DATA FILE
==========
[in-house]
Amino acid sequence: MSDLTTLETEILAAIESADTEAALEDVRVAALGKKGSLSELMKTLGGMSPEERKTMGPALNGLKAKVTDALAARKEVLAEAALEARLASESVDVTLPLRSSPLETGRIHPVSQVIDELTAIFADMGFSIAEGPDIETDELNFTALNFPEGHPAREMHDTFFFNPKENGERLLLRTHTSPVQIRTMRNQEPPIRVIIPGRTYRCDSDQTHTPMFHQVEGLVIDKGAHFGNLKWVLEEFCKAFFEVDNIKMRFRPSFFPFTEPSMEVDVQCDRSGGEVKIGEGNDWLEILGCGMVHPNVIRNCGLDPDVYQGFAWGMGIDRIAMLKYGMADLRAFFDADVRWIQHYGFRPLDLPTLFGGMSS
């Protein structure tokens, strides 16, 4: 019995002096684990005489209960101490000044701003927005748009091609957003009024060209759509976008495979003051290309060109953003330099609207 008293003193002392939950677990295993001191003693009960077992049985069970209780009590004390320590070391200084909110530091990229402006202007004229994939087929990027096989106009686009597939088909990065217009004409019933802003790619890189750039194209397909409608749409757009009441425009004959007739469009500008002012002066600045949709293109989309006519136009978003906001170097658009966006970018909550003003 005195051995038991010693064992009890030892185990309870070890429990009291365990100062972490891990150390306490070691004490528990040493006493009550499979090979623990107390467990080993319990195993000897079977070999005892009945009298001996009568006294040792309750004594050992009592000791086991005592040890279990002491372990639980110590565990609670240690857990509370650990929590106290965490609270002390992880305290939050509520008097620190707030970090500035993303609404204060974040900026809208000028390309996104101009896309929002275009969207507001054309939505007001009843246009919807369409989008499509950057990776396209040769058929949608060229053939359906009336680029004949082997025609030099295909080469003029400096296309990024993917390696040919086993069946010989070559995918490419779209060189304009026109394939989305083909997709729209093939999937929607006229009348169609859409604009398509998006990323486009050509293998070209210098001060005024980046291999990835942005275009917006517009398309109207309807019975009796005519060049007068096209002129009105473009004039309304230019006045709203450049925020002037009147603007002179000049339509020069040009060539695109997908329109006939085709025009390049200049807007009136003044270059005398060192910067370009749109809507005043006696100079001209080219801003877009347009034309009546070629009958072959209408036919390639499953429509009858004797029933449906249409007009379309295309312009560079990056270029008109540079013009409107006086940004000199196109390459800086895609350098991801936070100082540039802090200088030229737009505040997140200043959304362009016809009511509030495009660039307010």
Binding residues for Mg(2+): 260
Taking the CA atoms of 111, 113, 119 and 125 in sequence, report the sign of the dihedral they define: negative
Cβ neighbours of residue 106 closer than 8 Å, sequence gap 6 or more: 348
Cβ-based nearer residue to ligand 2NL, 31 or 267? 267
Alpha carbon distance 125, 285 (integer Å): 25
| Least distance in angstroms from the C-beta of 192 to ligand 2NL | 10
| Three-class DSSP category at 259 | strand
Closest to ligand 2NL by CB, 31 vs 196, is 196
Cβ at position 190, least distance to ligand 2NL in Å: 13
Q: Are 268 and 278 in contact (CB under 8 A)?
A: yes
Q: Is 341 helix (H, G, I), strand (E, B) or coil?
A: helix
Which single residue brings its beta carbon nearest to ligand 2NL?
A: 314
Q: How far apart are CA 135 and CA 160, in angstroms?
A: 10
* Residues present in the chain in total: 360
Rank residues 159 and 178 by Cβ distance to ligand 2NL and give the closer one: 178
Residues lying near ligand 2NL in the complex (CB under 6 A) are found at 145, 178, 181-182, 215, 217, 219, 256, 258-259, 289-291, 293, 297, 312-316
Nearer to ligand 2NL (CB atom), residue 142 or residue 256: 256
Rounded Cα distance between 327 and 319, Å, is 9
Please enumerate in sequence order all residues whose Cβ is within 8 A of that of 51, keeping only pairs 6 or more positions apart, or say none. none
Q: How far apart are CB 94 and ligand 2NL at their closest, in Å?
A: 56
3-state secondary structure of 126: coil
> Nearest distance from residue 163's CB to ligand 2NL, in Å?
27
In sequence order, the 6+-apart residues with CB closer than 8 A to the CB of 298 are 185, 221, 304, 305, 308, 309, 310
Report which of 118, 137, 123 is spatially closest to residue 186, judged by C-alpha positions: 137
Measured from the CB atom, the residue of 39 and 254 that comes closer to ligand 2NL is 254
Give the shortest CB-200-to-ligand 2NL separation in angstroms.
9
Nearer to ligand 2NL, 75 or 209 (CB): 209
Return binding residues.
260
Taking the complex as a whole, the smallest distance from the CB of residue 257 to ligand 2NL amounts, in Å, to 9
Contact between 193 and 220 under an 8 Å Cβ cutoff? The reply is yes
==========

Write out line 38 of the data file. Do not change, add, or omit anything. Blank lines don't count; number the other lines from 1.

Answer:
Return binding residues.